In this pivotal war on a global scale, the Ukrainian nation is struggling to preserve its independence, obtained only 30 years ago, after centuries of domination and relentless Russification. It rejects the “Trinitarian” Russian nation (Russia, Belarus, and Ukraine) imagined in the tsarist era and claimed by Vladimir Putin. The Russian ruling class is struggling for the revival of a declining Russian imperialism that, without control over Ukraine, risks disappearing from the historical scene.
In 1937, at a reception on the occasion of the twentieth anniversary of the October Revolution, Joseph Stalin toasted “to the complete destruction of all enemies, themselves and their kin!” As eyewitness Georgi Dimitrov noted in his diary, in making this toast, Stalin explained that the tsars “did one thing that was good—they amassed an enormous state, all the way to Kamchatka. We have inherited that state. And for the first time, we, the Bolsheviks, have consolidated and strengthened that state as a united and indivisible state.” Therefore, “whoever attempts to destroy that unity of the socialist state, whoever seeks the separation of any of its parts or nationalities — that man is an enemy, a sworn enemy of the state and of the peoples of the USSR. And we will destroy each and every such enemy, even if he was an old Bolshevik; we will destroy all his kin, his family. We will mercilessly destroy anyone who, by his deeds or his thoughts — yes, his thoughts — threatens the unity of the socialist state.”
Historically, Russian imperialism has been based on the ideas of “amassing Russian lands” and building a “unique and indivisible” Russian state. This imperialism has always been – and remains – as specific as the social formation of Russia itself has been and remained the same during the successive historical phases of its development, starting with the Tsardom of Russia (1547-1721). When Vladimir Lenin theorized “modern capitalist imperialism,” he stressed that in Russia “capitalist imperialism is weaker than military-feudal imperialism is.” To describe the latter as feudal was an oversimplification. Probably from the middle of the sixteenth century, in the time of Ivan the Terrible, the Russian social formation was essentially a combination of two different pre-capitalist modes of exploitation. The first, feudal, was based on the fact that landowners extorted surplus labor from peasants in the form of rent. The other, tributary, was modeled on the Ottoman Empire, then the most powerful empire in the world, and was based on the extraction by the state bureaucracy of the tax on the peasants.
In the Soviet Union, the Stalinist dogma of the unilinear development of humanity, with only five stages, was de rigueur. The tributary mode of exploitation had no place, especially since it could be associated (superficially, but not without reason) with the domination of the Stalinist bureaucracy. Some Soviet historians, without formally transgressing this scheme, cleverly circumvented the ban by calling it “state feudalism” or “eastern” feudalism, different from “private” and “Western” feudalism. From the middle of the seventeenth century and almost until the abolition of serfdom in 1861, the third form of exploitation – and more terrible for the peasantry – was slavery, including human trafficking, into which Russian serfdom actually degenerated.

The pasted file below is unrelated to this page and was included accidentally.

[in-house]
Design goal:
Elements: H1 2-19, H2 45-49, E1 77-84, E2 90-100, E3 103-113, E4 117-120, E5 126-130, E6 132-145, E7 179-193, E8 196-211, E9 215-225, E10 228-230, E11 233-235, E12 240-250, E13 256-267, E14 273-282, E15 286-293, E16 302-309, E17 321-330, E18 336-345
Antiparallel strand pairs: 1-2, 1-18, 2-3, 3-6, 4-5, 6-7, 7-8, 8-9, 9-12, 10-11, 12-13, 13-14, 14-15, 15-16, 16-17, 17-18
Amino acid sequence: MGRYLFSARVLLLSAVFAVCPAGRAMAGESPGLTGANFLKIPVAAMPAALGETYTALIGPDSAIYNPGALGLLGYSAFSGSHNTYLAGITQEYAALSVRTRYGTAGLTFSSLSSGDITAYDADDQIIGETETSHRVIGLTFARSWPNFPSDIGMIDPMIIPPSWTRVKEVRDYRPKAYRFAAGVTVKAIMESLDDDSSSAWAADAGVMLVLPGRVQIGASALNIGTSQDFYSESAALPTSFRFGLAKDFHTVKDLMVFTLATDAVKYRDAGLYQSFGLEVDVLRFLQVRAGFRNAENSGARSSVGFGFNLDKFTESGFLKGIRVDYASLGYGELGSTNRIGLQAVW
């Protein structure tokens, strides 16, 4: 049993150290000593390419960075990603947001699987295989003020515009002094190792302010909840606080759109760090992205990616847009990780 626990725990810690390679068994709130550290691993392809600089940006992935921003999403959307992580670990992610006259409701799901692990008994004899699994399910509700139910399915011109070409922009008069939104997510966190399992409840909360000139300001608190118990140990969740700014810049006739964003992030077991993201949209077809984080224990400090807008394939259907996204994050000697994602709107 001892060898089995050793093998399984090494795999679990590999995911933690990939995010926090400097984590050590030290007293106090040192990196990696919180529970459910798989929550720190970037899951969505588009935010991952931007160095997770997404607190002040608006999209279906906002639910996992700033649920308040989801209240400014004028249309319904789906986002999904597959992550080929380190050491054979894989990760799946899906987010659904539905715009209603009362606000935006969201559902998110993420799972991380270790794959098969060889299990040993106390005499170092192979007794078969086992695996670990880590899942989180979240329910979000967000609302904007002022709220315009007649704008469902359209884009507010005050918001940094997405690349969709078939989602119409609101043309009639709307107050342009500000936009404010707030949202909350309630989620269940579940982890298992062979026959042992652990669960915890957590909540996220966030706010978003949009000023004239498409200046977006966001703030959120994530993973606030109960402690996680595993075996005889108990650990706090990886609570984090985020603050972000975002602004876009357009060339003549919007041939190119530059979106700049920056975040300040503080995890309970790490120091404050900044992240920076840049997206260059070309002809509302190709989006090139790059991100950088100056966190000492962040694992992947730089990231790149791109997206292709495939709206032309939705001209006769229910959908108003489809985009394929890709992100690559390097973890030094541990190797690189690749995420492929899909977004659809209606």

Minimal surplus product
None of these modes of exploitation represented (contrary to supposedly Marxist discursive habits) is a mode of production, because they failed to formally and really subsume the productive forces under them, and therefore did not guarantee their sustainable and systematic development. However, it was on the basis of these modes of exploitation that the Russian state was formed. As pointed out by Ruslan Skrynnikov, one of the leading specialists in the oprichnina of Ivan the Terrible who unleashed the very first Great Terror in Russia and drowned in it, “some of its practices contained, as if in the embryonic state, all the further development of the nobiliary and bureaucratic absolute monarchy.” In fact, not only of Tsardom, but of all Russian despotic regimes up to the twentieth and twenty-first centuries.
Another contemporary historian, Leonid Milov, puts forward very important theses on the peculiarities of the historical development of Russian society. Starting from the study of the natural and climatic conditions of production, he developed a key conception of “the history of Russia as a society with minimal total surplus product.” The reasons for this are that compared to other agricultural societies, central Russia had a very short agricultural season, which because of the climate lasted only from the beginning of May to the beginning of October (in Western Europe, only in December and January did peasants not work in the fields); and in addition, the land was poor in humus.
The result was that “until the mechanization of this type of work,” there was low fertility and, therefore, a low volume for society’s total surplus product, which “created in this region, for centuries, a relatively primitive agricultural society.” Therefore, “in order to achieve a minimum result, it was necessary to concentrate the work as much as possible in a relatively short period of time. Individual peasant exploitation could not achieve the indispensable degree of concentration of labor efforts during objectively existing agricultural labor seasons,” so its fragility “has been compensated for through most of the millennial history of the Russian state by the very great role of the peasant community.”